It is easy to push these rage applications to the side, seeing them as emotional, short-term responses to a bad day. However, not all of these are signs that the employee is inherently bad. Yes, some rage applicants are haphazardly trying to get a better job, but there are others that are good employees in bad situations, displaying a “fight-or-flight” response. Sorting through the stack of job applicants to determine which ones are legitimate is a daunting task already, but it is always important to remember that not every résumé will be clearly labeled and highlighted as a “rage application.” It could be difficult to tell, and a company could possibly find someone who is a perfect fit for an available position through a rage apply.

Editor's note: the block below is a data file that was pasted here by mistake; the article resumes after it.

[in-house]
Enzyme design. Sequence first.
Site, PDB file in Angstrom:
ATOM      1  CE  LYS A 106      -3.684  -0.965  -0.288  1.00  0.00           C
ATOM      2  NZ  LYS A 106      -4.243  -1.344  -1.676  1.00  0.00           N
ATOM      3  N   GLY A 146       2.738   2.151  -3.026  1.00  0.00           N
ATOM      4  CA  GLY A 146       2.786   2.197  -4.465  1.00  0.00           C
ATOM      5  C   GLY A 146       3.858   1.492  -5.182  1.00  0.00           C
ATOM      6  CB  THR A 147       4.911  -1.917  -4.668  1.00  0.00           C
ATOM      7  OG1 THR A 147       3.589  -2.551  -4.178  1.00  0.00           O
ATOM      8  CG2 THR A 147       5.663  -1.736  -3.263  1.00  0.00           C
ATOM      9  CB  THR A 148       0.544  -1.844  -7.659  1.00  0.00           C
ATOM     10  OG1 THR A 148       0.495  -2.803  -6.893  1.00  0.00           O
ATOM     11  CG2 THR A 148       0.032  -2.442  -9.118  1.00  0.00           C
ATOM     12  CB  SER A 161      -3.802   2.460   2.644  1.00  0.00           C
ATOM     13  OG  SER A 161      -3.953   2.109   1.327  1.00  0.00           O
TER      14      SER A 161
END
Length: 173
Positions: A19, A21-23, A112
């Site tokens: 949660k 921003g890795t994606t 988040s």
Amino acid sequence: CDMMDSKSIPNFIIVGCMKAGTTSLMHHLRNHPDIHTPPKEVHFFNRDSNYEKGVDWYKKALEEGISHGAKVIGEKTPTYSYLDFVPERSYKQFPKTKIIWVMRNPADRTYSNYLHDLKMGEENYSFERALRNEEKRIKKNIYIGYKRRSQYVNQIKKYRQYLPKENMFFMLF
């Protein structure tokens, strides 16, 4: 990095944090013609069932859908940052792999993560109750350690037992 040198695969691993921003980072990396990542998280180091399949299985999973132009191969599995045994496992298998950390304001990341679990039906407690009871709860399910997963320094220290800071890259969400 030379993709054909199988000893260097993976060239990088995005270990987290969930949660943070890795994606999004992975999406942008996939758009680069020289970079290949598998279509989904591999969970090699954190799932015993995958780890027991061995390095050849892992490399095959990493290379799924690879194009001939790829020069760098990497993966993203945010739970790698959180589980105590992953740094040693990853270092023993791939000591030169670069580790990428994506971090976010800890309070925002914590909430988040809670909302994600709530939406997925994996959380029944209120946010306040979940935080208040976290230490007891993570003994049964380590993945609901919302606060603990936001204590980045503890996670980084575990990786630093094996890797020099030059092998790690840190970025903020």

While there are success stories out there of people who have rage applied to several different jobs and received new positions and raises because of them, those successes are not the norm. What usually works is a strategic, well-laid, and well-researched plan of attack. Instead of applying to random jobs, millennial and Gen Z workers who are unhappy in their jobs should focus their efforts on landing a job better suited to the life they want; research shows it is rarely just about making more money for themselves. There is no point in jumping from one toxic workplace to another and doing that will be apparent on a CV, and it will not look flattering on the applicant. That means candidates will need to start researching company brands and culture to see if they are a good fit, and it will also involve taking the time to explore potential enthusiasm and optimism for the new job on the cover letter and résumé. Being haphazard and rage applying to a ton of new jobs every time someone has a bad day at work cannot be sustainably successful for anyone looking for a good, long-term job in a positive office environment.